Get to Know the Dark Web

The internet you interact with on a daily basis is not the entire internet. dc - Get to Know the Dark Web - graphic1

Websites you routinely visit, social media platforms you frequent, streaming sites — these are a part of what’s known as the surface web, billions of web pages that are indexed and accessible via search engines.

Lurking below the surface web, however, are two more levels: the deep web and the dark web. And while each has its own purpose, they’re not interchangeable.

The deep web, for example, includes elements of the internet that have been blocked from the prying eyes of web crawlers. Things like databases, medical and banking records, and services that require sign-in credentials.

According to estimates, the surface web accounts for just 4% of the internet. The deep web, meanwhile, accounts for roughly 90%.

The remaining 6%? That’s what’s known as the dark web.

What is the dark web?

Chances are, if you’ve heard about the dark web, you know it as a place for criminals — “A wretched hive of scum and villainy,” to quote Obi Wan Kenobi.

Access to the dark web depends upon a specialized web browser, the most popular of which is Tor. And instead of the traditional domain endings like .com or .org, dark web addresses end in .onion. And while there are legitimate uses for accessing this ecosystem, such as secure communication for whistleblowers and those fighting against oppressive regimes, crime is by far the most common activity.

It’s also big business. In 2021, for example, Europol announced a joint operation between a handful of nations that took down DarkMarket, then the world’s largest illegal marketplace. The numbers revealed by the operation were shocking:

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Nearly 500,000 people regularly used the site

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There were more more than 2,400 sellers conducting hundreds of thousands of transactions

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More than 140 million Euros were spent and received on the marketplace

Why monitor the dark web?

Even if the vast majority of people and businesses have no reason to access the dark web, monitoring activity there is still important. Why? Because the dark web is home to vast repositories of data and information that have been stolen.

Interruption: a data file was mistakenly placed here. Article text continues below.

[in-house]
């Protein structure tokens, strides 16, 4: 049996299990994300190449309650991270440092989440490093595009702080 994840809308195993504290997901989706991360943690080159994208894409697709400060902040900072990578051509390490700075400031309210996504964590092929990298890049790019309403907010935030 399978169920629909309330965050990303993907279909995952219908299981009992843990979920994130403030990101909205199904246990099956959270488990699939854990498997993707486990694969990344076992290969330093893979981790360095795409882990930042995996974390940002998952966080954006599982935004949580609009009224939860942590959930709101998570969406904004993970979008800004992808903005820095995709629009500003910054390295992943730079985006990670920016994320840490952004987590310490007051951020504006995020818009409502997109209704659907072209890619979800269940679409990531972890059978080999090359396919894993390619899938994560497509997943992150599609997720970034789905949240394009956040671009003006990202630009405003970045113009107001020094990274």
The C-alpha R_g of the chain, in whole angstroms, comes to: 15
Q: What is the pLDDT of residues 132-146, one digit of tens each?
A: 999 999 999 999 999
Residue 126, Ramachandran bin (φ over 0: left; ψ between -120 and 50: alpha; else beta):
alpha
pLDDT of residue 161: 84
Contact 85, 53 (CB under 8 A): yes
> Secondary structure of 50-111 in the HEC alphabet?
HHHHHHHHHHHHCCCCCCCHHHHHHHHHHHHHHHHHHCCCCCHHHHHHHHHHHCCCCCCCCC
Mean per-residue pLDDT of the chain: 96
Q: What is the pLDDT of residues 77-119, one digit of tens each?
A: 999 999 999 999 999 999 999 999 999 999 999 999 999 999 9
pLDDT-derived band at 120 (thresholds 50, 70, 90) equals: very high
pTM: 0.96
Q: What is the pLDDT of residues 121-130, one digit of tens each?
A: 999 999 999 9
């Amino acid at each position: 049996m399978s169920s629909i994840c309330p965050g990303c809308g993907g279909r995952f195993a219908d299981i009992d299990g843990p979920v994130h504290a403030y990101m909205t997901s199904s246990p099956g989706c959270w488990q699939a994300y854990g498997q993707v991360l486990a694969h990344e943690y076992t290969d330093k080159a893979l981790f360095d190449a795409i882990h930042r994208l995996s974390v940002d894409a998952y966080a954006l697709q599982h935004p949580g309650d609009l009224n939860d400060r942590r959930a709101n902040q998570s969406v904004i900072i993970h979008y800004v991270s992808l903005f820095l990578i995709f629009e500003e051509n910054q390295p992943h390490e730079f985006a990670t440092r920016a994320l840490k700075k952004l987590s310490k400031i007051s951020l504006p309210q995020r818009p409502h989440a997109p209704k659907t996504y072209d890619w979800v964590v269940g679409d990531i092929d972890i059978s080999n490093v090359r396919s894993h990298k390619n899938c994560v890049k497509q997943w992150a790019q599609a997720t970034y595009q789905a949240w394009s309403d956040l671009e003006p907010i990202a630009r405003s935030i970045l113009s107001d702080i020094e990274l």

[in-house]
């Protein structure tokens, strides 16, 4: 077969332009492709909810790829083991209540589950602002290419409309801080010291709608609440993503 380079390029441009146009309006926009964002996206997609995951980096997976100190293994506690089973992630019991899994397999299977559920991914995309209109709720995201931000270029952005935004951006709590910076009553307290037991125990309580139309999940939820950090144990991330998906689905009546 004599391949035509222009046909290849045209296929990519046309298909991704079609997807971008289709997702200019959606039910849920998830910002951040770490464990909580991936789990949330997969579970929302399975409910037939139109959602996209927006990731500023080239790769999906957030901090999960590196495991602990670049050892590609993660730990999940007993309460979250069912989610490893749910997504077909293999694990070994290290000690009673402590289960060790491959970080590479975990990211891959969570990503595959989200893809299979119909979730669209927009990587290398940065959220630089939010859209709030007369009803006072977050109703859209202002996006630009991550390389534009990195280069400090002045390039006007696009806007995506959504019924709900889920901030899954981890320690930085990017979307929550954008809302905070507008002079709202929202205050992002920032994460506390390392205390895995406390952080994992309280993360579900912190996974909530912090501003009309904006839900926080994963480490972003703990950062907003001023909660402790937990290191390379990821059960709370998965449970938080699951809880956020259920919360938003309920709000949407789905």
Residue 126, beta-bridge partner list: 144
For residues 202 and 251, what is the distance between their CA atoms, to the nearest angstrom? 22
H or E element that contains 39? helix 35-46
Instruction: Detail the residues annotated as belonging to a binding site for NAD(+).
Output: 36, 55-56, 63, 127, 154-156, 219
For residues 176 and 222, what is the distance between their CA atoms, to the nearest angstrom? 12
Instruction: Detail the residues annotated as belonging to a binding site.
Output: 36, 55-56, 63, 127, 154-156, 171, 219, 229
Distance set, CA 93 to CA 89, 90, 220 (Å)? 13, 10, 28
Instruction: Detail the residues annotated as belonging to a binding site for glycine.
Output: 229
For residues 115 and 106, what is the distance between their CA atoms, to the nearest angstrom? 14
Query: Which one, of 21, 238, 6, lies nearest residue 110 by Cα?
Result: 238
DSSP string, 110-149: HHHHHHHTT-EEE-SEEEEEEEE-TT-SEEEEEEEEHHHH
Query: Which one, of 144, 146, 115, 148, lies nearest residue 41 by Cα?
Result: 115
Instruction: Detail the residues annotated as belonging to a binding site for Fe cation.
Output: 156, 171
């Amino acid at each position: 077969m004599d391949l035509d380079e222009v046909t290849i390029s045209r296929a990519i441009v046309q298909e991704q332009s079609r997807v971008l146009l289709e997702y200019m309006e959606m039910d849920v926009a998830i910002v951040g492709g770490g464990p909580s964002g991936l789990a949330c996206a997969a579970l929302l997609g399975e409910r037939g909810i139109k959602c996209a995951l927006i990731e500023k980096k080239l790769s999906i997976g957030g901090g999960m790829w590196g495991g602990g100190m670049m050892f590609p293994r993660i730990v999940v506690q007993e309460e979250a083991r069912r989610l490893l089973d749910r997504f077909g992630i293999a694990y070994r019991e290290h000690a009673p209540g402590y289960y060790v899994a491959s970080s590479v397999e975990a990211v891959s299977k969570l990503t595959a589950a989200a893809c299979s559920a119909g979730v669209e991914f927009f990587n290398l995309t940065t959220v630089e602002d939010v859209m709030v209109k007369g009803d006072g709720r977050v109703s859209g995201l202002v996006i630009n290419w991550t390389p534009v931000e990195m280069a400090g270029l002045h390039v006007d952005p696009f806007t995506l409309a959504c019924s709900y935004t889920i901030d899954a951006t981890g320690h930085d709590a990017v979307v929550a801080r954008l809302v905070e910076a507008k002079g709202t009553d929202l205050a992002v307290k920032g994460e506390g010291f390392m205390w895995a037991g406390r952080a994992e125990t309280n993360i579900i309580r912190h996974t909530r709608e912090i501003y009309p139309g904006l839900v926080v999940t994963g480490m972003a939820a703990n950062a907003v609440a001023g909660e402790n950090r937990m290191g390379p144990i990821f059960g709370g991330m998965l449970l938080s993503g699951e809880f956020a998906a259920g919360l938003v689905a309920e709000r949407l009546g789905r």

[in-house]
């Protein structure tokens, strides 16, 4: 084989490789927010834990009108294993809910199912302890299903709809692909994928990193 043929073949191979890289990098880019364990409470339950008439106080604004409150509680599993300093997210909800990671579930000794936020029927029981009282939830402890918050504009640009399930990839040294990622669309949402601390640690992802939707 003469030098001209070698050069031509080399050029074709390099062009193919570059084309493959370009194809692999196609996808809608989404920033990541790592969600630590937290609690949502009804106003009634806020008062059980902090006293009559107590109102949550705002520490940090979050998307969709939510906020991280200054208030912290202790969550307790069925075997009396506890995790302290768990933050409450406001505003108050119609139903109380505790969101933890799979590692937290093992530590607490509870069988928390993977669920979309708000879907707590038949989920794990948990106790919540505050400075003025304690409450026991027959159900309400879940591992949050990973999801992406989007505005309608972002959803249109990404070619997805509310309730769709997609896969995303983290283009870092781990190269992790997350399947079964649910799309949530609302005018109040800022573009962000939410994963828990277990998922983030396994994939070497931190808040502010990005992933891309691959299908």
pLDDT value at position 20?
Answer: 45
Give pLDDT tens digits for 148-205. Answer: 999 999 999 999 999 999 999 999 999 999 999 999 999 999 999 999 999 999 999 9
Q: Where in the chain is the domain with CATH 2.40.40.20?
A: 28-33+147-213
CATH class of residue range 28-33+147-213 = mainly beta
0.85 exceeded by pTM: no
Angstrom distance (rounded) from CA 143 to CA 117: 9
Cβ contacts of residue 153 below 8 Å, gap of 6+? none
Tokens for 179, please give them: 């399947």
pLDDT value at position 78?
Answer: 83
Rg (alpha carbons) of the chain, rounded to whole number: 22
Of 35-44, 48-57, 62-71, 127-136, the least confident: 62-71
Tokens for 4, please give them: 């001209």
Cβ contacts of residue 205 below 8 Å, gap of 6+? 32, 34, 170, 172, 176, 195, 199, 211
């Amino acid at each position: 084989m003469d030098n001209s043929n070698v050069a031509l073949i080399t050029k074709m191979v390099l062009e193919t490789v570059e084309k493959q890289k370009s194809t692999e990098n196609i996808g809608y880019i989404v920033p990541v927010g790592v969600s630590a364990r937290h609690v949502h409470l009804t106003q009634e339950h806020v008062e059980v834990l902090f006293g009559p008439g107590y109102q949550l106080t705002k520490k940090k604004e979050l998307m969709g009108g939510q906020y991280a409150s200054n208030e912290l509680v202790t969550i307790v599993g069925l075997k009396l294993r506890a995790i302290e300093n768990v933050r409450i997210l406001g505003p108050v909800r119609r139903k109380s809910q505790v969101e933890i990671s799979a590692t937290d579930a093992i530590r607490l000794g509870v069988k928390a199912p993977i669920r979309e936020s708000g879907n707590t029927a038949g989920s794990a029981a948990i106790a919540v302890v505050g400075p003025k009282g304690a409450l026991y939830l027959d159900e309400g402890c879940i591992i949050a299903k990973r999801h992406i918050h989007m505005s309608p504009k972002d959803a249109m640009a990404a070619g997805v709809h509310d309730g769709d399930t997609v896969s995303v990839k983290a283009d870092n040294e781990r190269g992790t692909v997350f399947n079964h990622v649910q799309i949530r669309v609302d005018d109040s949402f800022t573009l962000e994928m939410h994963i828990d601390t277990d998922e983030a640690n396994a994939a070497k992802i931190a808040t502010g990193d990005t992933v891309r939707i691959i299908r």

Credit cards, social security numbers, even Netflix credentials can be found for sale on various dark web websites and marketplaces. Same for networks that have been compromised, known software vulnerabilities, and “off-the-shelf” malware.

Basically, any information stolen via phishing or other attacks will likely find its way onto the dark web where it can be purchased. 

Because of this, IT professionals and companies need to be proactive in monitoring dark web activity — not just when a cyber attack occurs, but also on a proactive basis. This is due to the fact that criminals in the dark web often have something standard criminals don’t: patience.

Unlike someone stealing a credit card from a wallet and taking that card on a shopping spree, information on the dark web tends to arrive slowly. Hackers often steal information only to sit on it for weeks, months, even years before making it available for purchase. It’s also common for hackers to sell stolen data in bulk to another party, who then sells it off in pieces — further obscuring the trail.

By regularly scouring the dark web for personal information of employees and company data, IT can significantly limit the damage stolen information can cause. 

This is particularly important since most data breaches either go unreported or are identified long after the fact, making it far too late to react before damages can be inflicted. 

At Dynamic Computing, our process for monitoring the dark web works like this:

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Regular scans utilizing specialized software for posted credentials belonging to our clients and their accounts

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If credentials are found on a dark web site, forum, or marketplace, we immediately inform the client and tell their teams to reset passwords

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To fully assess the potential damage to the business as a whole, we can conduct a forensic investigation to determine how the leak of credentials happened and whether other employees are at risk

Can a company or individual be completely safe from crime happening on the dark web? No. For every marketplace like DarkMarket that is taken down, another springs up overnight. 

But as governments around the world continue to play a game of “whack-a-mole” with illegal sites on the dark web, IT can go a long way toward keeping companies safer simply by monitoring for reported breaches and proactively looking for stolen company information. 

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Russ is Vice President and CTO of Dynamic Computing. He sets the vision for our technical staff and provides the highest level of support with complex problems. Russ knows Dynamic Computing inside and out, and he’s helped build the company from a handful of clients with simple networks to a thriving, complex managed IT service. He sets the vision for our technical staff and provides the highest level of support for complex installations and any challenging issues that arise. He also relentlessly evaluates new technologies and security best practices and determines how and when to implement improvements for our clients. Russ holds a degree in Business Administration with an Information Systems concentration from the University of Washington. Outside the office, you’re most likely to encounter him skiing, playing sports, or spending time with his family.